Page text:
The long shot of it
Want to buy a camera but lost in the maze of the options in the market? Here's the skinny on everything you need to know before you say 'cheese'
Not too long ago, purchasing a camera was relatively simple. For good results with minimum fuss, you went for a point-and-shoot digital camera. If you were more into the art of photography and wanted to play around with different lenses and controls, you went ahead and purchased a DSLR. Today, however, buying a camera is a complex affair. Basic point-and-shoot cameras and DSLRs are still around, of course, but now, there are others who borrow features from this twosome. Then, there are some more that come with entirely new feature sets. To add to this, smartphone cameras keep improving — every handset manufacturer now touts his smartphone’s camera as one having ‘DSLR-like quality’.
So, which camera should you opt for if you are in the mood to take some pictures? Here is what you could keep in mind while making the big decision:
These are the foot soldiers of the camera market. Not amongst the most desired but easily the most popular because of their relatively low prices, ease of use and, often, portability. Most of these cameras come with a few basic shooting modes that can be accessed with the flip of a button. The picture quality is not often in the league of those shot professionally, mindful handling can give you some great shots. This is for those who don’t hunger for stacks of features and controls.
Pros: Simple to use, affordable
Cons: Limited controls, often limited optical zoom
Perfect for: Those who just want a no-fuss, no-frills shooting experience, without spending a bomb.
Our vote: Sony Cyber-shot DSC WX-150, Nikon Coolpix S6300 (in pic).
Most of these are cameras come with DSLR-like controls and builds, but without the ability to swap lenses. Superzooms, as their names indicate, come with lenses endowed with massive zooms, saving you the need to carry extra lenses. The zoom is often expressed in terms of 10x, 16x and so on. Of course, you cannot swap lenses as you can on a DSLR but if you are the type who wants to take a picture of an insect on a rose across the road, this is pretty much the camera for you. Just be prepared for a bit of instability to creep in as that zoom extends.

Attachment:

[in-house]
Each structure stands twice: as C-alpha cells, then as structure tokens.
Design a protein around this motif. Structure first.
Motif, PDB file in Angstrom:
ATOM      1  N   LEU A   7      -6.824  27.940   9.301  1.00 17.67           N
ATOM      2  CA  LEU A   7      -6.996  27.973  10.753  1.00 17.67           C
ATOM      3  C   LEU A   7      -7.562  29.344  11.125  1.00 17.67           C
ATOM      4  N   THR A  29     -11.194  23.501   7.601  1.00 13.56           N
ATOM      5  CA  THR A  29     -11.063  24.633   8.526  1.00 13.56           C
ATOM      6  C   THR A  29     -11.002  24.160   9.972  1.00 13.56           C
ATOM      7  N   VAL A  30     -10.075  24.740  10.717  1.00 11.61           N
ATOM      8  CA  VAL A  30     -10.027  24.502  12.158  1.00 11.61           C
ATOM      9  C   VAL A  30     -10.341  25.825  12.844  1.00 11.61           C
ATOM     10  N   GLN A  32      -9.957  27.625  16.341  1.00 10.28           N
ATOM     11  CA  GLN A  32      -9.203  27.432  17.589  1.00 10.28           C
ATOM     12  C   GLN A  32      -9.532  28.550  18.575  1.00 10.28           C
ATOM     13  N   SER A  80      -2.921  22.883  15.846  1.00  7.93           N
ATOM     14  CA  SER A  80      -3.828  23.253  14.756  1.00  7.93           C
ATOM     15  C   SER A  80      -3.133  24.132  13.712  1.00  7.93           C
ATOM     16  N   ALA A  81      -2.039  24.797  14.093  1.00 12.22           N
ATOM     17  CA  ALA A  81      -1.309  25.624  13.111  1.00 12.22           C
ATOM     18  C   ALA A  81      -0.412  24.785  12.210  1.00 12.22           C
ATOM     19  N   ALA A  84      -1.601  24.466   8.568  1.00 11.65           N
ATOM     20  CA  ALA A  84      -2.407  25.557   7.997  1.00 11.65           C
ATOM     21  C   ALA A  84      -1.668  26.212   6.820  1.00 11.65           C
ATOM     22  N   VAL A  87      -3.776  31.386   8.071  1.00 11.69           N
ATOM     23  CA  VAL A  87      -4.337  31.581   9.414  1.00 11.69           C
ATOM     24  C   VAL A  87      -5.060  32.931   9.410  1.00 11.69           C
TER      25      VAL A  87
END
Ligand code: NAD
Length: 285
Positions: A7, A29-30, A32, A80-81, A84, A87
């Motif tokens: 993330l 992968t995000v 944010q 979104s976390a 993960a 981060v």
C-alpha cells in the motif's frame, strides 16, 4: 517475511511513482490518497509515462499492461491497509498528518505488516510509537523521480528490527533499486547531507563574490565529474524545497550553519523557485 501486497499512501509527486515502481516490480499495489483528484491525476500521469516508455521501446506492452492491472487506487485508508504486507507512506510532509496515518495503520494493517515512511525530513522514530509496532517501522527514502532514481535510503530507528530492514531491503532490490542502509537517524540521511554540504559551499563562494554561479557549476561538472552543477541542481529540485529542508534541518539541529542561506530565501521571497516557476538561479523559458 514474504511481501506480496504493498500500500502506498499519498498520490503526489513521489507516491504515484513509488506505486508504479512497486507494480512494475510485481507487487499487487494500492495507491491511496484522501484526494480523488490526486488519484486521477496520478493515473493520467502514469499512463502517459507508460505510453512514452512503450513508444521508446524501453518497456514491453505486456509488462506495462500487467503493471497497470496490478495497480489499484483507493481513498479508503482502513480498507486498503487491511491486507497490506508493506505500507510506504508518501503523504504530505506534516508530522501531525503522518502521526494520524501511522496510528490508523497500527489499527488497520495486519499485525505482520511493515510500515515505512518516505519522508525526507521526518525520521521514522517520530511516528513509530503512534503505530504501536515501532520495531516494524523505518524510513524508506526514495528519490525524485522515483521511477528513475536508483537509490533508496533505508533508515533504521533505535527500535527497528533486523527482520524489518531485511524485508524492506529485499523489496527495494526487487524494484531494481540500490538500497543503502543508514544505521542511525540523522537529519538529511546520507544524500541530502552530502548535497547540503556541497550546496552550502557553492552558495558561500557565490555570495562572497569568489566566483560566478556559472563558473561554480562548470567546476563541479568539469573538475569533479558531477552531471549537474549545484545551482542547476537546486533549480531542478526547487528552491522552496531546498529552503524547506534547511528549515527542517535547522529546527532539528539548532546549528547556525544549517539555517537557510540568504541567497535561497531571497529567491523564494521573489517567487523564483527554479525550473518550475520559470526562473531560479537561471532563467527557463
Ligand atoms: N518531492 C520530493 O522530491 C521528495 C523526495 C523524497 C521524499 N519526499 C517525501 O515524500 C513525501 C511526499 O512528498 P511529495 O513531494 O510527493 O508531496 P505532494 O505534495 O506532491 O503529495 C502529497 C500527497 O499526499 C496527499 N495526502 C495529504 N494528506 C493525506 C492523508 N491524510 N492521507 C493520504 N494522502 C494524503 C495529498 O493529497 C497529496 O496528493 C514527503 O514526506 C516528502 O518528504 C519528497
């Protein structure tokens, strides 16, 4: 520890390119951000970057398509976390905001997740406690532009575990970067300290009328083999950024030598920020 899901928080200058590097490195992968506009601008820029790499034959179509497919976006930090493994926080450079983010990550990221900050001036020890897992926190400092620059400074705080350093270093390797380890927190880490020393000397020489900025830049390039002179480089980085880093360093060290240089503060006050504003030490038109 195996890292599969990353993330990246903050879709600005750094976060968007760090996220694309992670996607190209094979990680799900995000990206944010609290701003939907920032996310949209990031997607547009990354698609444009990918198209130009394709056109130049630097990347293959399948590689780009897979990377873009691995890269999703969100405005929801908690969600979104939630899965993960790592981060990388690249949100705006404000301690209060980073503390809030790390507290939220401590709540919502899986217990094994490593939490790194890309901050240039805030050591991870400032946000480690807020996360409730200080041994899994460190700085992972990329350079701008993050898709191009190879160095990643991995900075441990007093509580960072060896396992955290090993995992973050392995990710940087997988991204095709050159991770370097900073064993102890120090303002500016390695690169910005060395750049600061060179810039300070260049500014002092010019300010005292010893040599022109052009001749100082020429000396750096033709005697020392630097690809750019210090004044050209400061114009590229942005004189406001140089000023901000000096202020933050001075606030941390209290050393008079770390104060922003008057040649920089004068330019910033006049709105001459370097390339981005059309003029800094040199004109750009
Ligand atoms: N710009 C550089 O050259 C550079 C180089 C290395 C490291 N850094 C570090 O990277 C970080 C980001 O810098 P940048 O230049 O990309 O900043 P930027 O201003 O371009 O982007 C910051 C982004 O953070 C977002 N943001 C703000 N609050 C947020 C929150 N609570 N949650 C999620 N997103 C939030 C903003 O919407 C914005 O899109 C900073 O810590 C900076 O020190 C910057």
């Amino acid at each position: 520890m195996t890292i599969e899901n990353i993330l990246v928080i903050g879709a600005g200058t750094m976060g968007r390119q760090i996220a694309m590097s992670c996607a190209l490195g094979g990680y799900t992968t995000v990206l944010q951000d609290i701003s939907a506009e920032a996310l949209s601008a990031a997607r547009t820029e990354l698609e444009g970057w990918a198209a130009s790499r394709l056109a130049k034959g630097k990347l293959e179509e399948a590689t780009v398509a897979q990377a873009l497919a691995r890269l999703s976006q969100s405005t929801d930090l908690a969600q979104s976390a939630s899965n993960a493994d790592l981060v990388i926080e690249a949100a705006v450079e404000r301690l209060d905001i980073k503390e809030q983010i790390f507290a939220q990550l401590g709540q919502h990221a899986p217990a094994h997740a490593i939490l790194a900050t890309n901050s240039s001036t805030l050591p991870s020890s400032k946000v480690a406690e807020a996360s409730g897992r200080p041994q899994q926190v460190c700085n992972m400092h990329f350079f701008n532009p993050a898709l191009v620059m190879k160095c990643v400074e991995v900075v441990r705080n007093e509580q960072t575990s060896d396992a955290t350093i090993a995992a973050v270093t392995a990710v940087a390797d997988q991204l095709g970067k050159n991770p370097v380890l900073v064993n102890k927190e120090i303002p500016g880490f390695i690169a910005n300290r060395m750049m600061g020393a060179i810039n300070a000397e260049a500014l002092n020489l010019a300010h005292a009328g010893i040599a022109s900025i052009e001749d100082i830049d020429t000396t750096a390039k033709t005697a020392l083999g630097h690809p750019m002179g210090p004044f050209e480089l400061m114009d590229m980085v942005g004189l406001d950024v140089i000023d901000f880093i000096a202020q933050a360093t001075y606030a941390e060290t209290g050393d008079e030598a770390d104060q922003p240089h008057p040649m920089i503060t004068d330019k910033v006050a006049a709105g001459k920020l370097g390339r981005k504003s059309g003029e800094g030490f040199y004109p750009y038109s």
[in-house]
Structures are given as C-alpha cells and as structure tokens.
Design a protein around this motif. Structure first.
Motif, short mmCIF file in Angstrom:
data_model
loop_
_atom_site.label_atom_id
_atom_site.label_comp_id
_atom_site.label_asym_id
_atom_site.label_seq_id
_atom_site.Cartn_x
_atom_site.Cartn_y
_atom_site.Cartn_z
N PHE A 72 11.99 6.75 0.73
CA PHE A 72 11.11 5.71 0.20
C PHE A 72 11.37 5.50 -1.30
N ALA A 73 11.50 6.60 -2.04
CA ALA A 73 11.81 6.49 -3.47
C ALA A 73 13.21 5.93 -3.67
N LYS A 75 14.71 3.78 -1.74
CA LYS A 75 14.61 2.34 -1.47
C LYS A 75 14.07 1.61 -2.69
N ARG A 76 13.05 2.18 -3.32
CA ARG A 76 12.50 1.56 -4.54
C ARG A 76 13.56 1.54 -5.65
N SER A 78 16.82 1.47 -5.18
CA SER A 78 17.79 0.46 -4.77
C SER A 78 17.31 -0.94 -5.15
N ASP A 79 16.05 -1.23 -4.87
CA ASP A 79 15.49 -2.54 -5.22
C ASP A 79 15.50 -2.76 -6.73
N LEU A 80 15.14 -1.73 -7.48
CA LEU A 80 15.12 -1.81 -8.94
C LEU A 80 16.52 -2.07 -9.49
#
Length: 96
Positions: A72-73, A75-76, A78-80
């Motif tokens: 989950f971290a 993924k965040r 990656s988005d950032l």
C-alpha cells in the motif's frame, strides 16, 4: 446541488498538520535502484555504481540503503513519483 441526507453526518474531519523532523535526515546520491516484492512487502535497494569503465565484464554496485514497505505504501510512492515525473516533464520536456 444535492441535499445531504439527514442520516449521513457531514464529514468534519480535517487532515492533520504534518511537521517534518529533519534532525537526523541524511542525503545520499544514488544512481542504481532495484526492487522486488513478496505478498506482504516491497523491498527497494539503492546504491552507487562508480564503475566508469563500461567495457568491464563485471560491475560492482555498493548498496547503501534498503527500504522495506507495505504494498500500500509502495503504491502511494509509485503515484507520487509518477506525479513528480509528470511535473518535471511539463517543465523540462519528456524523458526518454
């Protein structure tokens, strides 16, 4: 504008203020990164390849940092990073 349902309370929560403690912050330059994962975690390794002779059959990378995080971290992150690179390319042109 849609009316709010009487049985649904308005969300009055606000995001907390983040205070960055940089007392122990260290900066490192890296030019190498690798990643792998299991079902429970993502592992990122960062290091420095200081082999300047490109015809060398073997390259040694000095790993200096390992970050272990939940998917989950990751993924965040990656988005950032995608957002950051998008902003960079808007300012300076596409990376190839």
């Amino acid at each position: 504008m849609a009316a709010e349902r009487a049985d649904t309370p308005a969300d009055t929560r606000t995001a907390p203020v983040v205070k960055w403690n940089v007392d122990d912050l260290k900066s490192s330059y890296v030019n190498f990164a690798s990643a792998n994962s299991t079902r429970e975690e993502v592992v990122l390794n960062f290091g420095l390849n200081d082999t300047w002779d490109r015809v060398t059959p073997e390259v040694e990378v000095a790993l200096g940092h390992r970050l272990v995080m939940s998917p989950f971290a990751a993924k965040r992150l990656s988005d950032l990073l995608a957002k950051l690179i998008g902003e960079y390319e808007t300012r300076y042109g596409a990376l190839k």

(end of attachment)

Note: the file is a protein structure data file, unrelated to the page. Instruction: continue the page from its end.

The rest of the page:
Pros: Big zooms, DSLR-like controls
Cons: Tends to be bulky, stability issues at high zoom levels
Perfect for: Those who love to shoot from a distance, but do not want the fuss of carrying extra lenses along.
Our vote: Canon PowerShot SX50 HS (in pic), Nikon Coolpix 510
These are the antithesis of superzooms, and deliver stunning results over smaller areas. They also provide the user with a good amount of control over the picture’s settings. They might have smaller zooms but have large and very good quality sensors. Of course, the absence of a zoom also results in lesser bulk, making these cameras very easy to carry. Mind you, many of them tend to cost as much as an entry-level DSLR — those sensors do not come cheap.